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Files & Folders


The package.json file describes your project in JSON. It its dependencies, scripts needed to run or use or develop on your project, and other information described in the NPM documentation for package.json.

The file is created when you run this:

npm init

It will prompt you for details about your projects, such as its name, version, description, test suite, author, and software license. Fill it out or leave it for later. You can always edit the file directly.

Hoodie modifies your package.json when it is installed to add a "start" script that starts your server by running hoodie without options.

When adding new dependencies, you can save their name and version information to package.json by using the --save flag, like this:

npm install --save <package name>

With your dependencies documented in package.json, you can install all your dependencies at once by running this:

npm install

This makes it very easy for others to get your project up and running quickly.

The file describes your project in Markdown. It is intended for humans to read, and should include information about what your project is or does, how to install it, use it, test it, and contribute to it if appropriate.

For an example readme, try the one used by Hoodie :)


The .hoodie/ folder contains compiled client assets and database records, including query indexes. You should never need to modify these files directly.


The hoodie/ folder contains the JavaScript code that runs in your server and the user's browser, and the code that they share. Hoodie uses two files as hooks to package code for the client and server:

  • hoodie/client/index.js is included as a Hoodie plugin using Browserify, so it can use require() to include code from dependencies or other folders.
  • hoodie/server/index.js is included in the server as a Hapi plugin. It can define new routes and other server-side logic.

Hoodie does not create a hoodie/ folder, so you will need to create it:

mkdir hoodie
mkdir hoodie/{client,server}
touch hoodie/{client,server}/index.js

Although Hoodie doesn't treat it in any special way, you can use a folder like hoodie/lib/ to store code shared between the client and the server. Client and server scripts can require() code from other folders like hoodie/lib/.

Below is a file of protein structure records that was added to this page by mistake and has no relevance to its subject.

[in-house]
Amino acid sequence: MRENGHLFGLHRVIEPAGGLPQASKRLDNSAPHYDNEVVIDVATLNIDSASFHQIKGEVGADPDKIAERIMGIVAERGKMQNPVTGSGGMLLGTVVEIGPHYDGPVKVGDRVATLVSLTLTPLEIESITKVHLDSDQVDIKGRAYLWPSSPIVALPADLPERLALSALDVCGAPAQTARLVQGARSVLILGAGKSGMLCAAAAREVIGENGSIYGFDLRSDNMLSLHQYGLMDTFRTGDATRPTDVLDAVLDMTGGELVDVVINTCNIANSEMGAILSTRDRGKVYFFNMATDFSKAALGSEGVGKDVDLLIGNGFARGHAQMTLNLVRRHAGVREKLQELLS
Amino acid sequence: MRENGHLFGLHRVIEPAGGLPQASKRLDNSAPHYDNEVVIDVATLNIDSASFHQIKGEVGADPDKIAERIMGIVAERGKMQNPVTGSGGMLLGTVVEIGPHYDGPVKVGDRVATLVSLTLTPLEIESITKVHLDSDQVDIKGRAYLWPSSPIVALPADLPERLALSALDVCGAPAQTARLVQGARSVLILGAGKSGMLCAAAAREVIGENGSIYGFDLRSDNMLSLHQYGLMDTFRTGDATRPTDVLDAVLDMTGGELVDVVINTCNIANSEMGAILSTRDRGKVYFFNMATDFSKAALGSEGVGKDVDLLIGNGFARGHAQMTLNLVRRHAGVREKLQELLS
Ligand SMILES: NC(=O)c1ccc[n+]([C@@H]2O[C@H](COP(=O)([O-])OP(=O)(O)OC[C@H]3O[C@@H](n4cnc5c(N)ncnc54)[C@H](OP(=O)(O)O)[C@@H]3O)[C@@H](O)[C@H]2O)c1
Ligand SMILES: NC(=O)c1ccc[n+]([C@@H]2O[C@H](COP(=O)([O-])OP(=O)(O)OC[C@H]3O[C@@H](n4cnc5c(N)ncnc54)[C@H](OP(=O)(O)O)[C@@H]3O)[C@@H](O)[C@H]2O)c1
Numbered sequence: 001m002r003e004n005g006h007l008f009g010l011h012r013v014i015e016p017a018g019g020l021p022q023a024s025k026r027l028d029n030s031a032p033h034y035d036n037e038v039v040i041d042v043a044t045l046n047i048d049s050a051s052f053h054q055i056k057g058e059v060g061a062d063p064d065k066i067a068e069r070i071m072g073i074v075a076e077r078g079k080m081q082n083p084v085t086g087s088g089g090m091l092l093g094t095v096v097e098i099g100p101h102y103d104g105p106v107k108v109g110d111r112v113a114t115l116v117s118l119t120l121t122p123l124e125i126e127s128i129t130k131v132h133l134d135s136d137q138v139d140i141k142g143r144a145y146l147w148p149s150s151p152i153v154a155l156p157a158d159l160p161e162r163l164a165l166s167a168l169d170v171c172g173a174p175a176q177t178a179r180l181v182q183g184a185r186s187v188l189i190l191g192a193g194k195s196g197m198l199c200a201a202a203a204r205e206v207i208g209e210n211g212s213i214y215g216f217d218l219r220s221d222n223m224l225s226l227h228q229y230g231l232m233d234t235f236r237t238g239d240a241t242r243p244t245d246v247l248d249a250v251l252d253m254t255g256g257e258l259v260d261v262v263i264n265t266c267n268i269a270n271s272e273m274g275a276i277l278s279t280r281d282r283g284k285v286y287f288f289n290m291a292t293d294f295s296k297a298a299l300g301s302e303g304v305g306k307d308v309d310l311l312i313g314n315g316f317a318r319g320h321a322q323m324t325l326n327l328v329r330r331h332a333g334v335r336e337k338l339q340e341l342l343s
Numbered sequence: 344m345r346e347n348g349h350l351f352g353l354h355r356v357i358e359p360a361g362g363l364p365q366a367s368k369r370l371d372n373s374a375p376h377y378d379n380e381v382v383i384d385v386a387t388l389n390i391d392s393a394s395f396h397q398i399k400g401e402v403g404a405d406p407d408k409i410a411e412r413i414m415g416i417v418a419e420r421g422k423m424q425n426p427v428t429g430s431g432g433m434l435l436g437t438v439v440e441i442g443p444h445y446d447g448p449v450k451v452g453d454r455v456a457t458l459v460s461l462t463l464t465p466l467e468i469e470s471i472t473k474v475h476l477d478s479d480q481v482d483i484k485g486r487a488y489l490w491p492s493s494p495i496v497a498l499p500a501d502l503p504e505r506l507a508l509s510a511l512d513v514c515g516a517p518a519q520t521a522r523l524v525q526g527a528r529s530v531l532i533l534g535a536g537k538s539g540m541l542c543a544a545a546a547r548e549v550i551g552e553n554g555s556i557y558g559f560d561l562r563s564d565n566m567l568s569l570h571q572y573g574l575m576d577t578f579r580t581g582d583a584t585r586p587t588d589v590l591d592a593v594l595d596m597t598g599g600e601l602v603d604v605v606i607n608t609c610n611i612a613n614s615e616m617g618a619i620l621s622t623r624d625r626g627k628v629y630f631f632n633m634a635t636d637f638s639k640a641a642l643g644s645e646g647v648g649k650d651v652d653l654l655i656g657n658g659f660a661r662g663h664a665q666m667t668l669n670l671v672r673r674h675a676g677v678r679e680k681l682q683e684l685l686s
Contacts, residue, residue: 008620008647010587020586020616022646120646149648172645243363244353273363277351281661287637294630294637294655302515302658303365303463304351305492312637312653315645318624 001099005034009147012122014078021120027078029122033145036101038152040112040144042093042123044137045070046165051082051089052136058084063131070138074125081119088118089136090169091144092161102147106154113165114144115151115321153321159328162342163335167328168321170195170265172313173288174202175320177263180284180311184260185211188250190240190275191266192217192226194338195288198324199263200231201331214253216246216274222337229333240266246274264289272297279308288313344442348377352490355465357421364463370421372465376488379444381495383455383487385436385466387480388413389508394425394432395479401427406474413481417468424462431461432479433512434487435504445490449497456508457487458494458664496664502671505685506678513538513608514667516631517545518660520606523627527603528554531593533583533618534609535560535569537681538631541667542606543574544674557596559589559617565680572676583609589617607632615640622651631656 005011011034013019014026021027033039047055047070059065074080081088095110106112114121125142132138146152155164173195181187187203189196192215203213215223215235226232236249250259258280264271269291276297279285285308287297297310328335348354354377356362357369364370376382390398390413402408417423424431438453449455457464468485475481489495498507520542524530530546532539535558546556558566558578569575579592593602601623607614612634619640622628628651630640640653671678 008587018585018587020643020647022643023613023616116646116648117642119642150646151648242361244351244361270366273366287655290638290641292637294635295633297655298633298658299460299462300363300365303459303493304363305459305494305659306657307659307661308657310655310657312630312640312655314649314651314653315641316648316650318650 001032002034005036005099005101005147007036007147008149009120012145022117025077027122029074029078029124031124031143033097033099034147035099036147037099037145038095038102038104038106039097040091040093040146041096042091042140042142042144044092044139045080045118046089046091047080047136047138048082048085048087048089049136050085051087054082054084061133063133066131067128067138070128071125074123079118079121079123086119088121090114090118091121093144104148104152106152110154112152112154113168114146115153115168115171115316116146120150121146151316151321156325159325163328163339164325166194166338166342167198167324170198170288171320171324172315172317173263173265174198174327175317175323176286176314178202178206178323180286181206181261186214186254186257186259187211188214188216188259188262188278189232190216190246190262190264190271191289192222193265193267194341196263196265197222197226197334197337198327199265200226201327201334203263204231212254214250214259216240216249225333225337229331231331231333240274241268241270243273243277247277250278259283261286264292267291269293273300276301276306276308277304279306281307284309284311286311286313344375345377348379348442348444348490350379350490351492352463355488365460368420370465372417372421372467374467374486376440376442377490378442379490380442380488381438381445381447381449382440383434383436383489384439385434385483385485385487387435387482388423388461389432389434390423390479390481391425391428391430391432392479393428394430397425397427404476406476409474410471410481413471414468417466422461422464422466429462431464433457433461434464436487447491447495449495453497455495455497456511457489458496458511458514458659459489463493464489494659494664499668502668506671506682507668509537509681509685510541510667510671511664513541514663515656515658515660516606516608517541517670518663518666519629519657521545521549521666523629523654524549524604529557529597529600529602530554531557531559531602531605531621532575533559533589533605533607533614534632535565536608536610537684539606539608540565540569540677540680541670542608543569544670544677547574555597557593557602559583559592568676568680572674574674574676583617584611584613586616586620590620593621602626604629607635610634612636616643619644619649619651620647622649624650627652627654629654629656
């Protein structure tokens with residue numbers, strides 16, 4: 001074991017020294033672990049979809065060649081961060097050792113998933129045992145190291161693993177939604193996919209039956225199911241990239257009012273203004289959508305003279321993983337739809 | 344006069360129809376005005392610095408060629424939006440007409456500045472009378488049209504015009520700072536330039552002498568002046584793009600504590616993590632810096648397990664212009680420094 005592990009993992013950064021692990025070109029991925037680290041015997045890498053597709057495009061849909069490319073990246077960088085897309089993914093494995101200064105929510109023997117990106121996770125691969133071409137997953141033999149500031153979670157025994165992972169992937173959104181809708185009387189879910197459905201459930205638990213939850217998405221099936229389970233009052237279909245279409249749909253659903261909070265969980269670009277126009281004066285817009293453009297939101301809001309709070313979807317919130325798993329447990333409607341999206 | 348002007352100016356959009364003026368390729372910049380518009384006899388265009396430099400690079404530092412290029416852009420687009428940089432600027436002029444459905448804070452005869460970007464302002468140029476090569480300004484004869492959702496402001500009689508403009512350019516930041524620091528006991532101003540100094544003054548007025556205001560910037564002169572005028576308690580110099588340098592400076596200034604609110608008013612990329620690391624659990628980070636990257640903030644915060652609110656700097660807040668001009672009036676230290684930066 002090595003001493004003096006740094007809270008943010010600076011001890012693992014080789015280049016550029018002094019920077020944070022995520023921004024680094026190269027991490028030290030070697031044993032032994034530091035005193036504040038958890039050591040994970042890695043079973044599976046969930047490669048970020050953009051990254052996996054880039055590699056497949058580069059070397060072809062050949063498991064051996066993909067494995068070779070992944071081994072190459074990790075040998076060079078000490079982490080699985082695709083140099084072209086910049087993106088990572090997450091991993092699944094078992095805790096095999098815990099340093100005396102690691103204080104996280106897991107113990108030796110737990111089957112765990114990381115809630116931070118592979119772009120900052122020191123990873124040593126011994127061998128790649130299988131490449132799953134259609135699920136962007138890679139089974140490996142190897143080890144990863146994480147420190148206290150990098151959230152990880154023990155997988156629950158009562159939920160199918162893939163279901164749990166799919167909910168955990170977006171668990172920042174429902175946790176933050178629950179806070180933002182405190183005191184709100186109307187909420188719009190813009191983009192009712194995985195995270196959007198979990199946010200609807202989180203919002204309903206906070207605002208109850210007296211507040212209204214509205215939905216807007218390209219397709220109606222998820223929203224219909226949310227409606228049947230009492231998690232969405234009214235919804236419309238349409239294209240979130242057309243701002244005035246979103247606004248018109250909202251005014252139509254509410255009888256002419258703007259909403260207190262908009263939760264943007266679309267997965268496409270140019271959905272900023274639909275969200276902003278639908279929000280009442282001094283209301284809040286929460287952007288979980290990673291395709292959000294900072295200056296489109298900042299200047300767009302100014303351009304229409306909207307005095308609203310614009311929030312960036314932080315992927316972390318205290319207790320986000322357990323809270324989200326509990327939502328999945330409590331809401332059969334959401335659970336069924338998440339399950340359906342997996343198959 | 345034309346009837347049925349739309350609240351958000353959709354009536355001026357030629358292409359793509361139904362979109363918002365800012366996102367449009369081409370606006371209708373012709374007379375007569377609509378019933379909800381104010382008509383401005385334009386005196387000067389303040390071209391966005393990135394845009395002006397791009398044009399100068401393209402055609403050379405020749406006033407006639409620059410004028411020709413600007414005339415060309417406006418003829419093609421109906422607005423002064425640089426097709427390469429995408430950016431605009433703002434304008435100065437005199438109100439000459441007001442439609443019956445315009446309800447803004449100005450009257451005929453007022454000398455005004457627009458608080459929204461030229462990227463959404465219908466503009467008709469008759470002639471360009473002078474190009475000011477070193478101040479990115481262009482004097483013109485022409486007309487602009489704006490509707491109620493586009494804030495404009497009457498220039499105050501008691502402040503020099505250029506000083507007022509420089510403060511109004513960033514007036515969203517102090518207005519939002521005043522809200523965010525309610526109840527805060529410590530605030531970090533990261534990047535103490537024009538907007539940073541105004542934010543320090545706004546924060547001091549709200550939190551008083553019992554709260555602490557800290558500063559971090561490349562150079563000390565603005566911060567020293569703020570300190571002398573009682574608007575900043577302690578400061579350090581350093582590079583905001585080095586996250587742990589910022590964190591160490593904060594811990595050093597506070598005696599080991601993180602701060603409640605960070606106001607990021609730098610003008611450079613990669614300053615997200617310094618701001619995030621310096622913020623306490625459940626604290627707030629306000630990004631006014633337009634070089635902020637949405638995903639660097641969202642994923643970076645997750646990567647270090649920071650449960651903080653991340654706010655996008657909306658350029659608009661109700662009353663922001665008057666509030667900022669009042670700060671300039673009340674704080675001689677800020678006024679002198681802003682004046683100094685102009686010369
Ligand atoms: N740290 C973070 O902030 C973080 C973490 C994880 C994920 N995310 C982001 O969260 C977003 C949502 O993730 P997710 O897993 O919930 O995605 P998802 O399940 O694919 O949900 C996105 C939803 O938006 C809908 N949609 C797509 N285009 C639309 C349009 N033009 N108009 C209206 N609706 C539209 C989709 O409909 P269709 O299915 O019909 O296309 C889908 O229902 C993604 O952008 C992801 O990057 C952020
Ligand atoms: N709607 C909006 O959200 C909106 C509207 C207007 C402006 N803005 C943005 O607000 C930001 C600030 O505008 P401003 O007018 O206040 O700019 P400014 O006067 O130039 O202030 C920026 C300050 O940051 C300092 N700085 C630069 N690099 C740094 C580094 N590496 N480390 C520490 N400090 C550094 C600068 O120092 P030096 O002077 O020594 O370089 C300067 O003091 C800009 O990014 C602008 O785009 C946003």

The hoodie/client/index.js file exports a Hoodie plugin. A Hoodie plugin exports a function that accepts a 'hoodie' object as its sole parameter. This object contains the interfaces to Hoodie's client APIs: 'account', 'store', 'connectionStatus', and 'log'.

You can also attach new methods to the 'hoodie' object, like the 'hello' method in this example hoodie/client/index.js file:

module.exports = function (hoodie) {
  hoodie.hello = function (what) {
    return Promise.resolve('Hello, ' + (what || 'world') + '!')

The hoodie/server/index.js exports a Hapi plugin, like this:

module.exports.register = function (server, options, next) {
    method: 'GET',
    path: '/hello',
    handler: function (request, reply) {
      reply({ hello: 'world' })

module.exports.register.attributes = {
  name: '<app name>',
  version: '<app version>'

In this example, the register function is used to add a route to the server at /hoodie/<app name>/hello that responds with a JSON object like this: { "hello": "world" }. All of your app's server routes are prefixed with /hoodie/<app name>/.

The 'register' method allows you to modify the server by adding routes and other server logic. You can read more about how to do that on Hapi's website. You can access Hoodie's server-side libraries via server.plugins.


When you open your app in the browser you will see Hoodie’s default page telling you that your app has no public/ folder. So let’s create it

mkdir public
touch public/index.html

Now edit the public/index.html file and pass in the following content.

<!DOCTYPE html>
<html lang="en">
    <meta charset="utf-8">
    <title>My Hoodie App</title>
    <h1>My Hoodie App</h1>

    <script src="/hoodie/client.js"></script>

You need to stop the server now (ctrl + c) and start it again. If you reload your app in your browser, you will now see your HTML file.